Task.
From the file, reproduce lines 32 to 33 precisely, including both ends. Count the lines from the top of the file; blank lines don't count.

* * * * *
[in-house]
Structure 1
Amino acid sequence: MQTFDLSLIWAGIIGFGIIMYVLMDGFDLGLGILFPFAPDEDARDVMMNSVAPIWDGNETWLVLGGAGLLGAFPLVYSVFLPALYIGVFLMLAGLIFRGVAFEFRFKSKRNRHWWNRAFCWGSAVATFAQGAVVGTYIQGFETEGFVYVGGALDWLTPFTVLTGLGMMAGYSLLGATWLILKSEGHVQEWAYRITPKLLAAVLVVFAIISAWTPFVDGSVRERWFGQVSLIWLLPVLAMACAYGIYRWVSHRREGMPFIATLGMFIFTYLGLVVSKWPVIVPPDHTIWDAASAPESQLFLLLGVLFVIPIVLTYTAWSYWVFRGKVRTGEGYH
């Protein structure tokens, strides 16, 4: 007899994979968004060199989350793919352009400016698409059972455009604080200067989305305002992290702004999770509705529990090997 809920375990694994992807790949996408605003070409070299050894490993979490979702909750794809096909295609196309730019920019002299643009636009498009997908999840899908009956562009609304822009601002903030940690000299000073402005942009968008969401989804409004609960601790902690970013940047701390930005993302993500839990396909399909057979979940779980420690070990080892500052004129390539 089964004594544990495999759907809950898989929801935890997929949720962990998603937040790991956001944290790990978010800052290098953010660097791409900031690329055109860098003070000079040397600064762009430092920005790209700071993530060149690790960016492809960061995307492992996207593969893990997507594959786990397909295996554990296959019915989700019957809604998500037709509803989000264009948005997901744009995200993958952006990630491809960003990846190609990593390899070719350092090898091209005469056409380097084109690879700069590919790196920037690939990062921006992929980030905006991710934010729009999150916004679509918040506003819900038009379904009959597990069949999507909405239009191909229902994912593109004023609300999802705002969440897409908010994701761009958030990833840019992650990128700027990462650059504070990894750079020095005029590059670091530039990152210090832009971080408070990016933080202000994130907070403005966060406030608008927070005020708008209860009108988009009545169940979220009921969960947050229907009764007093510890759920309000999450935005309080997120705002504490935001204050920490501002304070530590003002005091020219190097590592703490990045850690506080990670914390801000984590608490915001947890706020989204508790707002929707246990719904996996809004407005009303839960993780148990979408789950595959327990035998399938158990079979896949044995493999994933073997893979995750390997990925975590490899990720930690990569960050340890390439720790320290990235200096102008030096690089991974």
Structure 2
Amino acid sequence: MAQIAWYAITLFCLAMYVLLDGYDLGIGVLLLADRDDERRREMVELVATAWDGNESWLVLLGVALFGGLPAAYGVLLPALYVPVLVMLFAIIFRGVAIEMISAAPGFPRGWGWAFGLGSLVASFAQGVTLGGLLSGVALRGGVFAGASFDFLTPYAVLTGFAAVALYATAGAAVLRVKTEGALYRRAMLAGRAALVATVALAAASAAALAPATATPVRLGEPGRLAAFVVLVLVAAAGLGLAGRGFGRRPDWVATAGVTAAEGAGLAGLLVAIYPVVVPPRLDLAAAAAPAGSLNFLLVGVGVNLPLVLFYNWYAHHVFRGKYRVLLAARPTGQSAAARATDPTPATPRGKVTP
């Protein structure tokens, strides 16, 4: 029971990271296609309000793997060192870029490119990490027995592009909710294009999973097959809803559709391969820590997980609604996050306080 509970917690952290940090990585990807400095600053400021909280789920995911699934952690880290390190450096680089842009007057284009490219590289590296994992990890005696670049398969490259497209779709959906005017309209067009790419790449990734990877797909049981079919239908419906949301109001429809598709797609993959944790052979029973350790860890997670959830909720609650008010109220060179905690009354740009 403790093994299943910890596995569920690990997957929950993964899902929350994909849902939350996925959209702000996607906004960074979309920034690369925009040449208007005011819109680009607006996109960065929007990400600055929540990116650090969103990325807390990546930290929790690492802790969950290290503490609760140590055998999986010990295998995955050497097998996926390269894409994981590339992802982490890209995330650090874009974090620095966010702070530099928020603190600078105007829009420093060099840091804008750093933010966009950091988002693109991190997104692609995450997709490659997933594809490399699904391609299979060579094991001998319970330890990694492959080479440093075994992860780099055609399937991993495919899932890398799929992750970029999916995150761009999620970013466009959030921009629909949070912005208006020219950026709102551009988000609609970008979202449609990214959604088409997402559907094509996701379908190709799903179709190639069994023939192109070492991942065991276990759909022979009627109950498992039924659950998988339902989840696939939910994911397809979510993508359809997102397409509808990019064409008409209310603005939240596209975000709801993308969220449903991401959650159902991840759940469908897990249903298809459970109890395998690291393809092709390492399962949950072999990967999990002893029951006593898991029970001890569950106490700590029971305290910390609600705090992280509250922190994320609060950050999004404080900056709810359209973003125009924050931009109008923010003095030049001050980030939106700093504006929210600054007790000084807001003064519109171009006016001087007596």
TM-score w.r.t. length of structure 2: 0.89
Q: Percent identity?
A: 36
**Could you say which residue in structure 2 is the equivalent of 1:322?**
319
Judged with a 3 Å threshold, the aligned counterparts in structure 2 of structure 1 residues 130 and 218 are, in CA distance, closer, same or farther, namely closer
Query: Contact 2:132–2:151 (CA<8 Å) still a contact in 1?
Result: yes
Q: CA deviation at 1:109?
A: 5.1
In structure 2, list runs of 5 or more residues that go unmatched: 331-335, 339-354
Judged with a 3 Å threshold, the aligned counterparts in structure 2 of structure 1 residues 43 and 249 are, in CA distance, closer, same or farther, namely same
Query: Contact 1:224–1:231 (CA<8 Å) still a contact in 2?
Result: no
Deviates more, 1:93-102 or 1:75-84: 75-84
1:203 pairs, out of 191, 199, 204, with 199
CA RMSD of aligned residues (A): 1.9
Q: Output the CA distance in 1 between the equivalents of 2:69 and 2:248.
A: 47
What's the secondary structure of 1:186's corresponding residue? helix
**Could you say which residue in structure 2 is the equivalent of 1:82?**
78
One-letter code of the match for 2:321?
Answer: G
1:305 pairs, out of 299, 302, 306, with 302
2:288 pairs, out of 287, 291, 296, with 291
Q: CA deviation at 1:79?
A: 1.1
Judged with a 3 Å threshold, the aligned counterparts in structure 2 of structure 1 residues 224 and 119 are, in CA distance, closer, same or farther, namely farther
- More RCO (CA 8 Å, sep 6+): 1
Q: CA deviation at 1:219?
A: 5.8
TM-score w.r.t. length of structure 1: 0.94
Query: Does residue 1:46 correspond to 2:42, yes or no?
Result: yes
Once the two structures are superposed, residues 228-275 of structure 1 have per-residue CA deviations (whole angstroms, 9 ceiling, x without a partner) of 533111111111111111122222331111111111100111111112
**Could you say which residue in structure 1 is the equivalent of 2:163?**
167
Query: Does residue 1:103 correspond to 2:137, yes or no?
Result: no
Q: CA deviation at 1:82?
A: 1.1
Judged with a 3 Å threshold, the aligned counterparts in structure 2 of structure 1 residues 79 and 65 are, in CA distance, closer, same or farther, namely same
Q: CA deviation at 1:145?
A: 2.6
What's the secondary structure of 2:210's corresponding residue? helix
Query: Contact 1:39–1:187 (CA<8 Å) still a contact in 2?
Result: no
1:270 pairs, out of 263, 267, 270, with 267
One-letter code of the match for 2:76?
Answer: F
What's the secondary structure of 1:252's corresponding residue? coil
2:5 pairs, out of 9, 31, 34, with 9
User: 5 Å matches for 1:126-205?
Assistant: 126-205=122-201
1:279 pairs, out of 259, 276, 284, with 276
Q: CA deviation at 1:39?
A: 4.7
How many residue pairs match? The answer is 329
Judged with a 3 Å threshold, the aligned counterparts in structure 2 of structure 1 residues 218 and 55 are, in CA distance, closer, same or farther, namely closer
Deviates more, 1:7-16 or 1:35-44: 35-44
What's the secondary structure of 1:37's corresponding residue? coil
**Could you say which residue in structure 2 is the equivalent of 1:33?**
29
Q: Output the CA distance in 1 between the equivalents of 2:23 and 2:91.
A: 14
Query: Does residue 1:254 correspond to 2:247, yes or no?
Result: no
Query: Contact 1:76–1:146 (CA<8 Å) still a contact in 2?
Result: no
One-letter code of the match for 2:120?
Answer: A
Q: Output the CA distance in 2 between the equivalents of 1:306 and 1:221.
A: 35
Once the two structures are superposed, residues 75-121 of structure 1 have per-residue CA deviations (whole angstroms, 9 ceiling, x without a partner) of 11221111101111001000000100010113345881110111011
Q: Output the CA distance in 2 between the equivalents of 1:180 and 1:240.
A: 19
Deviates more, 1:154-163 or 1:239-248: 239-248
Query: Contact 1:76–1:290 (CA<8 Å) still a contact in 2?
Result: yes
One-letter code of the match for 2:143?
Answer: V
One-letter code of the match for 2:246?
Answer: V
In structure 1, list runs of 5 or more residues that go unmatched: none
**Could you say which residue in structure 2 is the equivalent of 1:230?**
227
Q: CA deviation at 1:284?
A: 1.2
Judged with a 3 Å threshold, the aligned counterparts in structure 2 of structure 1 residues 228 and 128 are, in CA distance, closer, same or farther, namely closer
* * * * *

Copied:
1:305 pairs, out of 299, 302, 306, with 302
2:288 pairs, out of 287, 291, 296, with 291